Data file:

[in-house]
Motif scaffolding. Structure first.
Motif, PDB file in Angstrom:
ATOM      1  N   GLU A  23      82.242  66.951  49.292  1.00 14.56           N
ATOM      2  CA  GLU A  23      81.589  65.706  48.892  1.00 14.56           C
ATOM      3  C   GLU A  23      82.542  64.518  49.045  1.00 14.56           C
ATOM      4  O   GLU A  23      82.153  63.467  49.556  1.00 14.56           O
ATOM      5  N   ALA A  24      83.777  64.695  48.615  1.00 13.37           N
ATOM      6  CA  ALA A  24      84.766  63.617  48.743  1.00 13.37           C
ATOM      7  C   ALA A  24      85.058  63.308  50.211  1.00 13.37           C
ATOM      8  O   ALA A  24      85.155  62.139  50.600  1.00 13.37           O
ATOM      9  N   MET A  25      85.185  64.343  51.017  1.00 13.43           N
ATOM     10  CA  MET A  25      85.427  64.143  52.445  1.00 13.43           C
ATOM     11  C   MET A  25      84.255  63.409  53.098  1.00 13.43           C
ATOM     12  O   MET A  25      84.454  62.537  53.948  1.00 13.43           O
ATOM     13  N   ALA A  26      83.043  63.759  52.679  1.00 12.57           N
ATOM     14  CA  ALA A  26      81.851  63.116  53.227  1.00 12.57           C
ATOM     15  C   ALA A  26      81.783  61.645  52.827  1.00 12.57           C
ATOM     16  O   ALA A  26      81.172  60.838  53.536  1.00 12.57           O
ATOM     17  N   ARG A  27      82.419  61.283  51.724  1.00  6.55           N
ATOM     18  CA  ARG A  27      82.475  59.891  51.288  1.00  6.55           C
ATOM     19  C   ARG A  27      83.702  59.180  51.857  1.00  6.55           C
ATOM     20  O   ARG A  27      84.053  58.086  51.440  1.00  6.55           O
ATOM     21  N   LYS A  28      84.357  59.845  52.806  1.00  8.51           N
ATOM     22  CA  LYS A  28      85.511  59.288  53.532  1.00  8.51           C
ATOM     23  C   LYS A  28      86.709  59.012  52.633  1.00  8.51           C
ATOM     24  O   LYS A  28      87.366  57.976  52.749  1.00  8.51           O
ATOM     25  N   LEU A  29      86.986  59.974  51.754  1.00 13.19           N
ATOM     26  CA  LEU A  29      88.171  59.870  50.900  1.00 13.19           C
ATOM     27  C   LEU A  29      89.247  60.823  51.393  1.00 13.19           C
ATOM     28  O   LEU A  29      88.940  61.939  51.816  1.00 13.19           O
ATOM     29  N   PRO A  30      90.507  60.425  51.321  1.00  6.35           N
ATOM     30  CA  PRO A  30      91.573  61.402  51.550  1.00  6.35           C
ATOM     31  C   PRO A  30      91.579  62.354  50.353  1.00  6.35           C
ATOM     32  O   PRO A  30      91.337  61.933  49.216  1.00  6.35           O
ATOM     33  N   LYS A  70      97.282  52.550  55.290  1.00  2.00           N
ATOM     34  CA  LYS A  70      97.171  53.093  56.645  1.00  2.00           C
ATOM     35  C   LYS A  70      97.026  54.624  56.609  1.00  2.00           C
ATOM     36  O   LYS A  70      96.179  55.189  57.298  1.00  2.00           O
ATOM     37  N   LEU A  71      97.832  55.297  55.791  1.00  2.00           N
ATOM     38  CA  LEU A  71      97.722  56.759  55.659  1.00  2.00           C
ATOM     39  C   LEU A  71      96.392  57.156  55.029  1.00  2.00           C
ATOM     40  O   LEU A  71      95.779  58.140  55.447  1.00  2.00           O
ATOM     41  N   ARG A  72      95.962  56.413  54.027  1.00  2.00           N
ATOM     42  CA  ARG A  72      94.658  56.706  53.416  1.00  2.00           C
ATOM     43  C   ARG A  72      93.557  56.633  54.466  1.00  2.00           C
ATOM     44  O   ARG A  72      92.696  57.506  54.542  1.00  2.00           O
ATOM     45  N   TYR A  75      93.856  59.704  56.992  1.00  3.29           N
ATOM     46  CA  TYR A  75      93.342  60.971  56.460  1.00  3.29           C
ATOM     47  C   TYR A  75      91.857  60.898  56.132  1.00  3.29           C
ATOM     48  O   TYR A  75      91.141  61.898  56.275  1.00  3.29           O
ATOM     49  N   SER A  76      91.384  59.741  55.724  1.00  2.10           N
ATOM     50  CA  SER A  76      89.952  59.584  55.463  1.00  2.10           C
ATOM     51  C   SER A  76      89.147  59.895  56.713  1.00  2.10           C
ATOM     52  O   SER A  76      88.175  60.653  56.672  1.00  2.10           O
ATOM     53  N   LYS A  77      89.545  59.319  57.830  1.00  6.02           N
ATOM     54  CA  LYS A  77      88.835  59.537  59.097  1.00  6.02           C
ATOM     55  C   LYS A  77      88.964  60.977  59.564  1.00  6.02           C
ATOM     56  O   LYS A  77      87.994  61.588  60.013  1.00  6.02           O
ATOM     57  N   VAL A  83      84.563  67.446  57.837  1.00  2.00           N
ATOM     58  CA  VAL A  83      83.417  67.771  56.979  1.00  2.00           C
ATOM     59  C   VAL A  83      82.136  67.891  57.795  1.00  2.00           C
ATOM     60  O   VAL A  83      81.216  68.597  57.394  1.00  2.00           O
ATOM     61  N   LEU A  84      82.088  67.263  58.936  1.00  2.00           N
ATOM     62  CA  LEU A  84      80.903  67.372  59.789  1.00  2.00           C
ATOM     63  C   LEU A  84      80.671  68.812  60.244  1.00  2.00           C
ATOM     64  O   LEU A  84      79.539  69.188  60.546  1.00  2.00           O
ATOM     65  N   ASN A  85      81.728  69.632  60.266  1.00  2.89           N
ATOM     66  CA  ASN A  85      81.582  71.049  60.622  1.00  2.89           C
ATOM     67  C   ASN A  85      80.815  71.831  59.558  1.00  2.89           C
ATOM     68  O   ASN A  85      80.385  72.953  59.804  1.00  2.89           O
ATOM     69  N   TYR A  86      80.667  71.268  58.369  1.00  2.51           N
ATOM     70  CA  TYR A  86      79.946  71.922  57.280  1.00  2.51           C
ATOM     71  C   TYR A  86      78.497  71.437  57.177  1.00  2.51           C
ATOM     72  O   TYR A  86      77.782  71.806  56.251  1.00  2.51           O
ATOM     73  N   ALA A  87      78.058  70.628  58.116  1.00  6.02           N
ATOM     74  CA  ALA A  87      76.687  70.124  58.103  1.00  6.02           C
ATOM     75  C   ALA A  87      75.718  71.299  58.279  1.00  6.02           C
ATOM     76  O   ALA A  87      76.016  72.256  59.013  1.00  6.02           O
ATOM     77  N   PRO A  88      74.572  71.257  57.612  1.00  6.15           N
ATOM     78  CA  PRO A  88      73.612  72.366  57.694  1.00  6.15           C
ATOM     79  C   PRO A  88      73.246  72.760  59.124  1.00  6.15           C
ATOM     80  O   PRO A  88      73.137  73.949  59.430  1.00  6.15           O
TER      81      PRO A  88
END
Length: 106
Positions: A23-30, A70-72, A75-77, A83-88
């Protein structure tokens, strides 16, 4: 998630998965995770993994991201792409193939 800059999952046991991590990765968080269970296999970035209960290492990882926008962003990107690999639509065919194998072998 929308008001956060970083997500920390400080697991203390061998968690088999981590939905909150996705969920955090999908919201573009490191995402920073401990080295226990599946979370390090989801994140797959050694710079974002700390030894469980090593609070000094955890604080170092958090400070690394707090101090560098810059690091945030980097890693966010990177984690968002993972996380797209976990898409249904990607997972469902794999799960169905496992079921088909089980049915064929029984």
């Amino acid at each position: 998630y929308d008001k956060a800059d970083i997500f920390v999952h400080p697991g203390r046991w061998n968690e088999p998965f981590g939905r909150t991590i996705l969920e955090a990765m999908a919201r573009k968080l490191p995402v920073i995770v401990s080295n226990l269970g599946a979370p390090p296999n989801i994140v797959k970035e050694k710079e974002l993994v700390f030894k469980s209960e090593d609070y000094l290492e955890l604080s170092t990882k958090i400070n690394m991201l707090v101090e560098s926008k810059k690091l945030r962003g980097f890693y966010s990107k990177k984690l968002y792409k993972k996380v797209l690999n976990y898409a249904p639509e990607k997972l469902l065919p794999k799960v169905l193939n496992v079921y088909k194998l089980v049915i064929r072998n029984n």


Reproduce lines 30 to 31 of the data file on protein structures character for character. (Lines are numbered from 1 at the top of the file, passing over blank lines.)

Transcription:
ATOM     27  C   LEU A  29      89.247  60.823  51.393  1.00 13.19           C
ATOM     28  O   LEU A  29      88.940  61.939  51.816  1.00 13.19           O